• renard_roux@beehaw.org
    6 months ago

    Interesting read!

    The key takeaway seems to be creating friction to make bad habits less convenient, and replacing bad habits with better habits, as knowledge of a bad habit isn’t enough to quench it.

    Relevant except:

    Where Wood emphasizes situational control as a way of making good habits easy, Duhigg writes about a woman who bites her nails and is advised to find something else to do with her hands that will produce a comparable physical stimulation, such as rapping her knuckles on a desk. The idea is to keep the powerful structure of cue and reward intact but to tweak the content of the routine. For both writers, though, the key lies not in breaking a habit through will power but in replacing one habit with another.

    Both, too, emphasize the role of conscious effort—not in resisting habit but in analyzing it, the better to formulate a strategy for reform. Duhigg describes how, after having gained some weight, he gave up getting a cookie each afternoon in the Times cafeteria. Putting a no-cookie injunction on a Post-it note was a non-starter: he’d ignore it, wander to the cafeteria, chat with colleagues at the cash register, and buy and eat his cookie. So he set about identifying the trigger for his habit, adopting five categories proposed by researchers: time, place, emotional state, other people, and the action immediately preceding the habitual one. Was he hungry, or bored, or in need of a break or a blood-sugar boost? He switched up his routine, eating a doughnut at his desk instead of visiting the cafeteria, or taking a brief stroll outside. He was testing hypotheses: if eating the doughnut at his desk didn’t sate the urge to go to the cafeteria, he could rule out sugar. By a process of elimination, he determined that his habit was really driven by a need for interaction and distraction. The best replacement for a cookie turned out to be going over to a friend’s desk to chat.

    Wood ends her book with advice for those of us who have become hostages to our smartphones. She offers a stepwise strategy. First, recognize your dependency, and acknowledge how the habit disrupts work, social interactions, and safe driving. Next, “control the context cues,” meaning identify what triggers you to grab the phone. For me, the cues are aural (the ping, the French horn) and visual (pop-ups on the screen). I already knew that putting the phone on silent wasn’t enough to break the habit, but, as in the marshmallow experiment, out of sight could be out of mind. In the mornings, preparing breakfast, I found that it helped to leave the phone in another room. In the car, it went in the glove compartment. When walking around, I’d put it in a zippered pocket. There were other ways of generating friction and making the habit harder to indulge. Turning the phone off completely was much more effective than silencing it, not because I wasn’t curious about who might have e-mailed me but because turning it back on was a hassle.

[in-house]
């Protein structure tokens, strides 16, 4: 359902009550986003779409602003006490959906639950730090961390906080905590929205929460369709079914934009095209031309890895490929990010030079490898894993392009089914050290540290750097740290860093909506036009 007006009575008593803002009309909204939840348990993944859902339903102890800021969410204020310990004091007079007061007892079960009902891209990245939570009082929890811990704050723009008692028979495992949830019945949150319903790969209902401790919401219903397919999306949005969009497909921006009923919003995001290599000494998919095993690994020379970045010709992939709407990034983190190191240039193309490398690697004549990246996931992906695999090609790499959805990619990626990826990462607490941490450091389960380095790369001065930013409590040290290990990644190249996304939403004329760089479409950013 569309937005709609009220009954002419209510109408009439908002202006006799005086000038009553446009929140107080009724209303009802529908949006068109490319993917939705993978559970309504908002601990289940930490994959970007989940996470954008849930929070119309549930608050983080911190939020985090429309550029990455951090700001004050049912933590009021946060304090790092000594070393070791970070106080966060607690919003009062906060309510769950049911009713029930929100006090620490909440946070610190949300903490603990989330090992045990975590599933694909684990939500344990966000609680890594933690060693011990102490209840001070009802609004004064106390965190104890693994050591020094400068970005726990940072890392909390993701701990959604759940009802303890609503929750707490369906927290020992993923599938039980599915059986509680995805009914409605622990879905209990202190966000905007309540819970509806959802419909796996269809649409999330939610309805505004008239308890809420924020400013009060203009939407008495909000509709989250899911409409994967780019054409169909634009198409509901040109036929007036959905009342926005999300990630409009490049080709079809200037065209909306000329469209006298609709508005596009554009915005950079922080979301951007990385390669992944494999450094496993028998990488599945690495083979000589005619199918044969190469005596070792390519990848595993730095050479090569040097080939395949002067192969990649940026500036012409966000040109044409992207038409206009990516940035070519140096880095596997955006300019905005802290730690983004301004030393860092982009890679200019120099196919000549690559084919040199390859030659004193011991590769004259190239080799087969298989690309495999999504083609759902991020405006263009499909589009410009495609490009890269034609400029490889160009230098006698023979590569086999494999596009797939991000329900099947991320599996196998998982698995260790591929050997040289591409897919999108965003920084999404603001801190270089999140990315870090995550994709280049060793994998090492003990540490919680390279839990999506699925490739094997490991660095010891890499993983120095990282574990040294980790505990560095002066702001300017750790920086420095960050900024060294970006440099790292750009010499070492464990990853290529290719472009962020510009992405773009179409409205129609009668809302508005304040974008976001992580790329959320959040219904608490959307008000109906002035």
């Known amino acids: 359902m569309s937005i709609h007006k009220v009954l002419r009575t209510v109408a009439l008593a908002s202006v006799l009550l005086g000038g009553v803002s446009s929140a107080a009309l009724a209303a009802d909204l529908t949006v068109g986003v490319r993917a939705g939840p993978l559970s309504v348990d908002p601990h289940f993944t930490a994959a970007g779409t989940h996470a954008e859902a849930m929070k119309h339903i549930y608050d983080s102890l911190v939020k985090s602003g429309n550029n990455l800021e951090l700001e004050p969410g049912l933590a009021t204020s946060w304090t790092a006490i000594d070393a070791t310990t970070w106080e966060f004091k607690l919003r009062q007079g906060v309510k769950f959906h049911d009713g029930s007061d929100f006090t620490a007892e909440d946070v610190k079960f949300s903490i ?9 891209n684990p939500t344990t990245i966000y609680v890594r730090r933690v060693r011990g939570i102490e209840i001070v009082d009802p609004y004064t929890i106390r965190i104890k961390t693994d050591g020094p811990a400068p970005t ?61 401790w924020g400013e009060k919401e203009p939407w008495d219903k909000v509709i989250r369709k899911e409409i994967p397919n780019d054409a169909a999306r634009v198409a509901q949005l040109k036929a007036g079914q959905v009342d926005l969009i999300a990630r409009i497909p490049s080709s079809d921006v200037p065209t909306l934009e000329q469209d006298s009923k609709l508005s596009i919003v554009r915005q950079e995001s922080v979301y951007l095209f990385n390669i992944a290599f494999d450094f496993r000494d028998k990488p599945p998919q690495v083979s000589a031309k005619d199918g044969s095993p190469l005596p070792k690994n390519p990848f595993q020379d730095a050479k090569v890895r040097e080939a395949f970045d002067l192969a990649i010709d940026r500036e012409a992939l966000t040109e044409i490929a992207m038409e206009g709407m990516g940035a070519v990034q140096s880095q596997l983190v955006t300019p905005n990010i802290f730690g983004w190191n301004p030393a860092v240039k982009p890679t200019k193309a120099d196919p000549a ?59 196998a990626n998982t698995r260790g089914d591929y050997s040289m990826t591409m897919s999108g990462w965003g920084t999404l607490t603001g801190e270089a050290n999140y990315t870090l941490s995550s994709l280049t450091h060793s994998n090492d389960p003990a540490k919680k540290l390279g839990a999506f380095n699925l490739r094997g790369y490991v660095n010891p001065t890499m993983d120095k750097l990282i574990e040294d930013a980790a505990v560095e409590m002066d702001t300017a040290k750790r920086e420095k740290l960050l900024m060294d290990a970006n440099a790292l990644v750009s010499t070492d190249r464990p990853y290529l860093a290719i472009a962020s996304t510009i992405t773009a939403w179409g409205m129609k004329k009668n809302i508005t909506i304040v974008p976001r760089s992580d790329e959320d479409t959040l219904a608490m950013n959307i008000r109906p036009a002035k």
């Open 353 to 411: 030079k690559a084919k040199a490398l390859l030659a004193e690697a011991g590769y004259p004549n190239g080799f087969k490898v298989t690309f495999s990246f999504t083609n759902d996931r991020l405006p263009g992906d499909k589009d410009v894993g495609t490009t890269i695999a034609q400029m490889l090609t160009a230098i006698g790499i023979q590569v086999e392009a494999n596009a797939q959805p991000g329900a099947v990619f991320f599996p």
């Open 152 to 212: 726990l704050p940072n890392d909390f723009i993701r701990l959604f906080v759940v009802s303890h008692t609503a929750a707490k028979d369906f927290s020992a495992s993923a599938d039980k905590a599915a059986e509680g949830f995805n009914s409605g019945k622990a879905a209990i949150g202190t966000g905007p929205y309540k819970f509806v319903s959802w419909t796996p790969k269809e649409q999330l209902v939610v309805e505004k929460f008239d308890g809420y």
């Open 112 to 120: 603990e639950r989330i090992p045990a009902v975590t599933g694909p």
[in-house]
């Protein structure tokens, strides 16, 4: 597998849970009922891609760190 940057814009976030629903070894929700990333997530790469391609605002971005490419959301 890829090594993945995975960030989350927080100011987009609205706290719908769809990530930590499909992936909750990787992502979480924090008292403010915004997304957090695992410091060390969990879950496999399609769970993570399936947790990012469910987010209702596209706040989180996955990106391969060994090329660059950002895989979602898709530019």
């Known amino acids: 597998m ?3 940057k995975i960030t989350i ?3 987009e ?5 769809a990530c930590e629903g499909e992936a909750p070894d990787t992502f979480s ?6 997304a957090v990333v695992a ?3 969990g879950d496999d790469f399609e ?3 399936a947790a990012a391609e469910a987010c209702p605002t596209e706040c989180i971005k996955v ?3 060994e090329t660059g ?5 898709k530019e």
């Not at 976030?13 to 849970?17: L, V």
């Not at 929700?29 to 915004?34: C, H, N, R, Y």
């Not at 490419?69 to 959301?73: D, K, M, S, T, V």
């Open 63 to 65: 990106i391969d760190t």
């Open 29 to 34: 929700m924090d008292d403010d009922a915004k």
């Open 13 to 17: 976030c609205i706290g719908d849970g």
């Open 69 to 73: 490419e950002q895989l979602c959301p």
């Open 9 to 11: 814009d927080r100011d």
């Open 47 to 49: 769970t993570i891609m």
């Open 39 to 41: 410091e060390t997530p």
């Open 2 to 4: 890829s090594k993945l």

Wood advises us to come up with new rewards as substitutes for the ones the phone provided. I listened to music on the car radio. In the evening, instead of scrolling through tweets and e-mails, I sought out authors I’d never read. At the end of each day, I felt calmer, and free.

    Alternately, here’s a cGPT summary:

    The New Yorker article explores breaking bad habits, emphasizing that relying solely on willpower is often ineffective. The author, Jerome Groopman, shares his personal struggle with smartphone addiction and highlights the unconscious nature of habit formation. Drawing on social psychologist Wendy Wood’s work, the article suggests that breaking habits involves an interplay of decisions and unconscious factors.

    Wood’s research indicates that habits constitute a significant portion of our actions, about 43% of the time. Traditional approaches, such as public health initiatives promoting awareness, often fail to change behavior because habits operate on a subconscious level. The article introduces the concept of “friction” as a central force in eliminating bad habits. By making bad habits more inconvenient, individuals can leverage inertia to move toward positive behaviors without relying on sheer willpower.

    Wood’s thesis revolves around restructuring our environment to support good behaviors. The article discusses how situational control, achieved by modifying the environment, can be more effective than relying solely on willpower. Examples include laws restricting smoking in public spaces, taxes on cigarettes, and the removal of tobacco ads.

    The article contrasts this with modern businesses that aim to reduce friction, making it easier for consumers to indulge in certain behaviors. Wood’s emphasis on situational control aligns with the idea that breaking bad habits involves making them less convenient. The article also touches on the role of cues and rewards in habit loops, citing examples from both Wood and Charles Duhigg.

    Ultimately, the key takeaway is that breaking bad habits requires understanding the cues and rewards associated with them. Instead of relying on willpower alone, individuals can effectively replace undesirable habits by modifying their environment, creating new routines, and introducing friction to make the habit less convenient. The article concludes with practical advice on breaking smartphone addiction by recognizing dependency, controlling context cues, and finding new rewards as substitutes for smartphone use.